Cullin 3/KCTD5 Promotes the Ubiqutination of Rho Guanine Nucleotide Dissociation Inhibitor 1 and Regulates Its Stability
1Immunotherapy Research Center, Korea Research Institute of Bioscience and Biotechnology (KRIBB), Daejeon 34141, Republic of Korea
2Division of Applied Life Science, Research Institute of Life Sciences, Gyeongsang National University, Jinju 52828, Republic of Korea
J. Microbiol. Biotechnol. 2020; 30(10): 1488-1494
Published October 28, 2020
Copyright © The Korean Society for Microbiology and Biotechnology.
Ubiquitination is a post-translational modification involving the covalent attachment of a ubiquitin moiety to a lysine residue and is known to regulate the localization, activity, and stability of the substrate proteins [1, 2]. There are two types of E3 ubiquitin ligases, namely, the RING (really interesting new gene) and HECT (homologous to the E6AP carboxyl terminus) families . Cullins are a family of hydrophobic scaffold proteins that provide support for ubiquitin ligases. They share a homologous C-terminus that binds to the RING-box protein (Rbx1), but diverge at the N-terminal substrate recruiting domain [4, 5]. Members of a subclass of the RING protein family interact with Cullins to create the aptly-named Cullin-RING ligases (CRLs), whose ubiquitin ligase activities are involved in many biological processes. Cullin 3-RING ligases (CRL3s) typically consist of the scaffold protein Cullin 3 (CUL3), Rbx1, and a Bric-a-brac/Tramtrack/Broad (BTB) protein. These component proteins collaborate in the ubiquitination of substrate proteins [6-8].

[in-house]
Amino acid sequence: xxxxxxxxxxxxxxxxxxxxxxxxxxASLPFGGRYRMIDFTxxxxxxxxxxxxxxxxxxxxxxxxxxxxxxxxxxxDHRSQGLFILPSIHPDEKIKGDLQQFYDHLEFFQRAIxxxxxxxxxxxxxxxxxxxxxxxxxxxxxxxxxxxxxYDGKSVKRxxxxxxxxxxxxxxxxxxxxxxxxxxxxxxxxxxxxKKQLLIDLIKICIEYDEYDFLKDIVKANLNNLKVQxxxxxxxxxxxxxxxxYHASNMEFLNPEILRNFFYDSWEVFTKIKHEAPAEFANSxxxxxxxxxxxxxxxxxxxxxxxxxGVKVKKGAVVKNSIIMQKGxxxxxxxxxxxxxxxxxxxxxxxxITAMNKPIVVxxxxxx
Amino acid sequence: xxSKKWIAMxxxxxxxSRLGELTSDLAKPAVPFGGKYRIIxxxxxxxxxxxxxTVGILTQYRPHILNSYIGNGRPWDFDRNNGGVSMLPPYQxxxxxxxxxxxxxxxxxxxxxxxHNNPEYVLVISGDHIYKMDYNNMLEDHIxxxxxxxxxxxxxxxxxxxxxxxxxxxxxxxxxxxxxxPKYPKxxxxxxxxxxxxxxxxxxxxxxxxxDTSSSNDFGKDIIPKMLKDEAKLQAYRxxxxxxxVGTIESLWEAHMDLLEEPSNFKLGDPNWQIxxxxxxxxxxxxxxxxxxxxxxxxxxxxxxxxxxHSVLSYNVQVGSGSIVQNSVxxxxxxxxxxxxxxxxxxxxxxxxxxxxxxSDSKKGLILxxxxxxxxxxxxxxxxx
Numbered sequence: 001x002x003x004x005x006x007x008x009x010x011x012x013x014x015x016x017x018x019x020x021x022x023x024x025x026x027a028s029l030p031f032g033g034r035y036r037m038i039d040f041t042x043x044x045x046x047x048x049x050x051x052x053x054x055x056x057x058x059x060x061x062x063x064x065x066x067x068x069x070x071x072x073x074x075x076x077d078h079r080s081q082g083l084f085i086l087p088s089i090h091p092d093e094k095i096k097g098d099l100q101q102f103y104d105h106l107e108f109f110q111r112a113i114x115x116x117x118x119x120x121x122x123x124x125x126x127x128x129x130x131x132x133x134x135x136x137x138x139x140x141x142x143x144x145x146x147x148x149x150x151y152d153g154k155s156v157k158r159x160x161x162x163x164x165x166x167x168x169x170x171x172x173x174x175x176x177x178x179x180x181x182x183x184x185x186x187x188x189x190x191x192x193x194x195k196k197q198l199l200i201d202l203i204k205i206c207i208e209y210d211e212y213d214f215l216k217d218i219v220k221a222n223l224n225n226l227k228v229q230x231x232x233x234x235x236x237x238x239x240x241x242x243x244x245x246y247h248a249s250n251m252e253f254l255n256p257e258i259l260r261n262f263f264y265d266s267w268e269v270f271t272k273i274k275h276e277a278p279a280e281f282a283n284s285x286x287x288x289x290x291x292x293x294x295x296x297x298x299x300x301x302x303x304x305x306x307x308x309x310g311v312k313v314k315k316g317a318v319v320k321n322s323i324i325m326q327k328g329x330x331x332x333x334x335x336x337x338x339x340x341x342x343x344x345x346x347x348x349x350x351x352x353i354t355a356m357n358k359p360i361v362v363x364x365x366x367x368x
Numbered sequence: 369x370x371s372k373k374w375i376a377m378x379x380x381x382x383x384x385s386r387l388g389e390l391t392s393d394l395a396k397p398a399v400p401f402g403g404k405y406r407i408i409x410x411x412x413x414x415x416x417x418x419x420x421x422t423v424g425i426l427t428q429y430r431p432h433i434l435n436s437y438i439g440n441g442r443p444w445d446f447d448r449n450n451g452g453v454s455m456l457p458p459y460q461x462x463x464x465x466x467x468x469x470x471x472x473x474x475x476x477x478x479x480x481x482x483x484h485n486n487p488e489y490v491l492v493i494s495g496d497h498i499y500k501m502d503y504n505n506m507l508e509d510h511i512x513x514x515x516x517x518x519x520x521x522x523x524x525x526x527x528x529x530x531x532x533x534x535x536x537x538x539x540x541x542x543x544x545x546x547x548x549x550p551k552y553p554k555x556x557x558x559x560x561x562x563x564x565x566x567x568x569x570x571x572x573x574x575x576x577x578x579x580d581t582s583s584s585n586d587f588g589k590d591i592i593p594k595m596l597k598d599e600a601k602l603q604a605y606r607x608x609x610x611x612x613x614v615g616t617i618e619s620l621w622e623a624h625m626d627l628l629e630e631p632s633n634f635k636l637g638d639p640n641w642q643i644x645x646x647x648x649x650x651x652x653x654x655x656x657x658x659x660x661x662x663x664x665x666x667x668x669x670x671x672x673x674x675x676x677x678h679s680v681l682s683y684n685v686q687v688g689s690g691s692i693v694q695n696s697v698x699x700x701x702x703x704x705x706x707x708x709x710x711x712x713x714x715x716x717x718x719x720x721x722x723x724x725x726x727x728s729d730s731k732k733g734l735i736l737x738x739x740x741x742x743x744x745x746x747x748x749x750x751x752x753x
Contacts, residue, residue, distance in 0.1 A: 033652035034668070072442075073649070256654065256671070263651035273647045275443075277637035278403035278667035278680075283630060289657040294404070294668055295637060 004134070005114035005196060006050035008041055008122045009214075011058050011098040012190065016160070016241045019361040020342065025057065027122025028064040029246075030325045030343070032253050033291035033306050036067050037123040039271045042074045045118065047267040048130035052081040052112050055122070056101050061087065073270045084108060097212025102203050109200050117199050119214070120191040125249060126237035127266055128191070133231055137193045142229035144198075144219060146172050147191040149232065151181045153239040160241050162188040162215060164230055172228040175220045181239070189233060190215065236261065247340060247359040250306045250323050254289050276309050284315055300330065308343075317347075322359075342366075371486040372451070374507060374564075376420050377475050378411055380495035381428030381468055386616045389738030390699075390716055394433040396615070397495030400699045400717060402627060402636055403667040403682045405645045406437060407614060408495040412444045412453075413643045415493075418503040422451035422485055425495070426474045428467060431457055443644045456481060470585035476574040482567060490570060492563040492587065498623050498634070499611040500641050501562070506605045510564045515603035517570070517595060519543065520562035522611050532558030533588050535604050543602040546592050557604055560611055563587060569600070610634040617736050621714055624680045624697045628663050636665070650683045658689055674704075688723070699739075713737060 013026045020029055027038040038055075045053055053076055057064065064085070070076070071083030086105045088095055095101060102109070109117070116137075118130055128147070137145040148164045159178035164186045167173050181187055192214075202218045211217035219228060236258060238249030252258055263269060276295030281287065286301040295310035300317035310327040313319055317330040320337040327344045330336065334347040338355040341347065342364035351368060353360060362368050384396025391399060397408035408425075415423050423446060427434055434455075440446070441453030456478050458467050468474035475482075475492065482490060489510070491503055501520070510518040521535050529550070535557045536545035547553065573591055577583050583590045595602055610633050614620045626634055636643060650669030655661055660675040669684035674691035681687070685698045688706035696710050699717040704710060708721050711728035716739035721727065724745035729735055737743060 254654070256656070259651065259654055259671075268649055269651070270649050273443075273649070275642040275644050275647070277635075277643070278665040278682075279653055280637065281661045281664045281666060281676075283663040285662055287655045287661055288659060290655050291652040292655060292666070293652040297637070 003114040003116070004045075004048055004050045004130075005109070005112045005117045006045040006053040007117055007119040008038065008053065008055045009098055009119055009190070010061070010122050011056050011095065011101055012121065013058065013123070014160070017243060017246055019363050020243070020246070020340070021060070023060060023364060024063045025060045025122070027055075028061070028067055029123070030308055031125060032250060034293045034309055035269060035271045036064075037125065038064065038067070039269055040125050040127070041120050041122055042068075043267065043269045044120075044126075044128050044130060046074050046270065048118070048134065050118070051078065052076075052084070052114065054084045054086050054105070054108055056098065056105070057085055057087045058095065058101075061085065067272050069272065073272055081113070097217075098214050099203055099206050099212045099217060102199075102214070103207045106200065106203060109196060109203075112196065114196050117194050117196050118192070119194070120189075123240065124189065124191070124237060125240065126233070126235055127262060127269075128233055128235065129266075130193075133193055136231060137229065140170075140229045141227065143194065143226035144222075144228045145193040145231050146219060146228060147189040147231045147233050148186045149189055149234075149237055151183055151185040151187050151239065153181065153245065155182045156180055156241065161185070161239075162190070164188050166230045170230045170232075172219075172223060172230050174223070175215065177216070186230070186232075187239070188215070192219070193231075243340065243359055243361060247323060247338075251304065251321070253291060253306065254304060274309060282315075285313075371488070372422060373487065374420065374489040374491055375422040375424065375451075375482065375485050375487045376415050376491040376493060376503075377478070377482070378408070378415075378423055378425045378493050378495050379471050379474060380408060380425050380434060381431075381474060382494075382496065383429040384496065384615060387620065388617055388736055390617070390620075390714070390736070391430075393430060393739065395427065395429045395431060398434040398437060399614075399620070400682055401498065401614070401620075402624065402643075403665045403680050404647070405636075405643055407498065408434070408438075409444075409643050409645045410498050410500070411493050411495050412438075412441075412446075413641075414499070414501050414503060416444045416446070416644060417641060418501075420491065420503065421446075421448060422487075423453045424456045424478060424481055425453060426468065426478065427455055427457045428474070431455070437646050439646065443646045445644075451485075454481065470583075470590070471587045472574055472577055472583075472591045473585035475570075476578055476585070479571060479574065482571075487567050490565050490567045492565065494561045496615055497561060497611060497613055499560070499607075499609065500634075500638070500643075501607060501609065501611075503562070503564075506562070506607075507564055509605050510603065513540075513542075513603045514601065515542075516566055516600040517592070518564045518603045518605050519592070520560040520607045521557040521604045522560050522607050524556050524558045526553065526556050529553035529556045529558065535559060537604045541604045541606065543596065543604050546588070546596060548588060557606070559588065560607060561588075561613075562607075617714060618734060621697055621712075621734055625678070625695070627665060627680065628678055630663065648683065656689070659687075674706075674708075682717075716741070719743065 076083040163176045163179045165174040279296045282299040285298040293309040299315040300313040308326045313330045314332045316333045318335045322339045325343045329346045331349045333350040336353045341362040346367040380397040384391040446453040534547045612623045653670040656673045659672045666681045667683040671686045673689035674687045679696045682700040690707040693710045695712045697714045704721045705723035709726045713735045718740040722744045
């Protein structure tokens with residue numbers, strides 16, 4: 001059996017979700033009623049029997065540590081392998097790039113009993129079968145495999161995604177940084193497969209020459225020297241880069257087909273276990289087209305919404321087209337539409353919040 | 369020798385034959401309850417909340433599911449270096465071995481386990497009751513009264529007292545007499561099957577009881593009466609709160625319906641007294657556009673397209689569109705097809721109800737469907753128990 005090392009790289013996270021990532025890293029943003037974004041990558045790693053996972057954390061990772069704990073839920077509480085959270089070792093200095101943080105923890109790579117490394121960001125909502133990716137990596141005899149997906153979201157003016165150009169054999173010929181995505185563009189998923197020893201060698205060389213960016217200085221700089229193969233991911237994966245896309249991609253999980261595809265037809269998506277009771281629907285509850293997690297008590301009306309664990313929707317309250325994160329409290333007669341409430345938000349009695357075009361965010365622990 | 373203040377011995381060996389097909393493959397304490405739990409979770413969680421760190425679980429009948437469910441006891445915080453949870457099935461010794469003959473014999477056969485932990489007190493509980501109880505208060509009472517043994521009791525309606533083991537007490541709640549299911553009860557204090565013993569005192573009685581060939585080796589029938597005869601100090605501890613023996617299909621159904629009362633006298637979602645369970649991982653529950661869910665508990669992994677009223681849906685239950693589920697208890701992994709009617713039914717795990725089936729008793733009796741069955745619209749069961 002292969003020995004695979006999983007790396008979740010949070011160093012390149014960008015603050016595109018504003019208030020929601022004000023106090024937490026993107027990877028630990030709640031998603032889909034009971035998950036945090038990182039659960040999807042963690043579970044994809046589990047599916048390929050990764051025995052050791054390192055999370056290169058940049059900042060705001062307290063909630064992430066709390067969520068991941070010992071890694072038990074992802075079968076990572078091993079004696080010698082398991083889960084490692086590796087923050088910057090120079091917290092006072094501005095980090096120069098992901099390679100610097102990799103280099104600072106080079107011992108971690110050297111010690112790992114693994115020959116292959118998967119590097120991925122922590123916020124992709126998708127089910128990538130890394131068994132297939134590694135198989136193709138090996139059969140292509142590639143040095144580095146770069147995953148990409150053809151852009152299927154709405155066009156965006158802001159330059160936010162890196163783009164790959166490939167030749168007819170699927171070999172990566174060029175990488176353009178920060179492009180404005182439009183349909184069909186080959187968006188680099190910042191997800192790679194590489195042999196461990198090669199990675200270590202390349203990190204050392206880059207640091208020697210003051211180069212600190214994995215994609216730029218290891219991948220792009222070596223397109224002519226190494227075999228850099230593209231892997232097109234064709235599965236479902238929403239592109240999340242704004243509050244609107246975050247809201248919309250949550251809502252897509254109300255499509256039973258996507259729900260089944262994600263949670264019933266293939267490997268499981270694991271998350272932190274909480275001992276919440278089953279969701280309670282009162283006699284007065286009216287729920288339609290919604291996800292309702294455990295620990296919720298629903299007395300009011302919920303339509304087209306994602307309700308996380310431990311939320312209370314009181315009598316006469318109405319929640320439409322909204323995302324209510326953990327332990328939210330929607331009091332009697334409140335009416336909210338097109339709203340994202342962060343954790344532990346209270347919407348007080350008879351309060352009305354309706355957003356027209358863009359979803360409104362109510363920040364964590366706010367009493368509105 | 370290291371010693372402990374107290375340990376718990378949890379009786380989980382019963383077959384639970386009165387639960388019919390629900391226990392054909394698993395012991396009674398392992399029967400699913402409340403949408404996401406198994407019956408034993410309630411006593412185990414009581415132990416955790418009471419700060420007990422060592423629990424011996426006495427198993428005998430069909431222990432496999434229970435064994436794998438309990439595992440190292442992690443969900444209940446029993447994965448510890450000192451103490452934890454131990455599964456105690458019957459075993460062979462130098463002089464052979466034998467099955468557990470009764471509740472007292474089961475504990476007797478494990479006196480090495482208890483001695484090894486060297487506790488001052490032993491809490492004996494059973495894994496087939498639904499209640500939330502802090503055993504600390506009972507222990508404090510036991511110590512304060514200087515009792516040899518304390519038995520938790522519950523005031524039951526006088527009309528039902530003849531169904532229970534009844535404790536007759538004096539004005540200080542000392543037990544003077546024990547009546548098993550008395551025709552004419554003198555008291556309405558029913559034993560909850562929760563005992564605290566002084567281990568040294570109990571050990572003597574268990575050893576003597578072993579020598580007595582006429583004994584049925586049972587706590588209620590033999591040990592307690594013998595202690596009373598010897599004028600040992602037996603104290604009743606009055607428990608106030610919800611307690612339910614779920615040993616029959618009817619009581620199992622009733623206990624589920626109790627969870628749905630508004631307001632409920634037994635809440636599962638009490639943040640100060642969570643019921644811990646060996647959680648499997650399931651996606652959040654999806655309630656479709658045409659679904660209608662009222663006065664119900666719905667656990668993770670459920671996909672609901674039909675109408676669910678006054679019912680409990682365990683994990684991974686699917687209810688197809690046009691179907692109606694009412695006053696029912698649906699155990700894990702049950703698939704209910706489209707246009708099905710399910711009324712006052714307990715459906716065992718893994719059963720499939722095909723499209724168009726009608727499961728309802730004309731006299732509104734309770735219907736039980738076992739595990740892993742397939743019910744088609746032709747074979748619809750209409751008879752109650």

Rho GTPases are involved in various cellular processes, including cell motility, adhesion, and proliferation . They act as molecular switches, cycling between an inactive guanosine diphosphate (GDP)-bound form in the cytoplasm and an active guanosine triphosphate (GTP)-bound form in the membrane . This cycling is tightly regulated by Rho guanine nucleotide exchange factors (RhoGEFs),
There are three members of the RhoGDI family in mammals, namely, RhoGDI1, RhoGDI2, and RhoGDI3. RhoGDI1 is ubiquitously expressed in all mammalian organs; whereas RhoGDI2 is hematopoietic cell-specific, and RhoGDI3 is expressed in the brain, kidney, and testis [18-20]. Accumulating evidence shows that RhoGDI1 is involved in tumorigenesis and cancer progression. Even though anomalous RhoGDI1 expression has been detected in a variety of human cancers, the exact type of dysregulation is dependent on cancer type [21, 22]. In some human cancers, such as lung and brain cancers, RhoGDI1 is downregulated, and its expression level is actually negatively correlated with the degree of malignancy [23, 24]. In contrast, upregulated expression of RhoGDI1 is observed in hepatocellular carcinoma and has been associated with high metastatic potential . Although, as mentioned above, many studies have provided evidence that suggests the relevance of RhoGDI1 expression in human cancer progression, the mechanism regulating RhoGDI1 expression has been less studied. In the present study, we investigated the mechanism underlying the regulation of RhoGDI1 degradation by CUL3-based ubiquitin ligase complexes.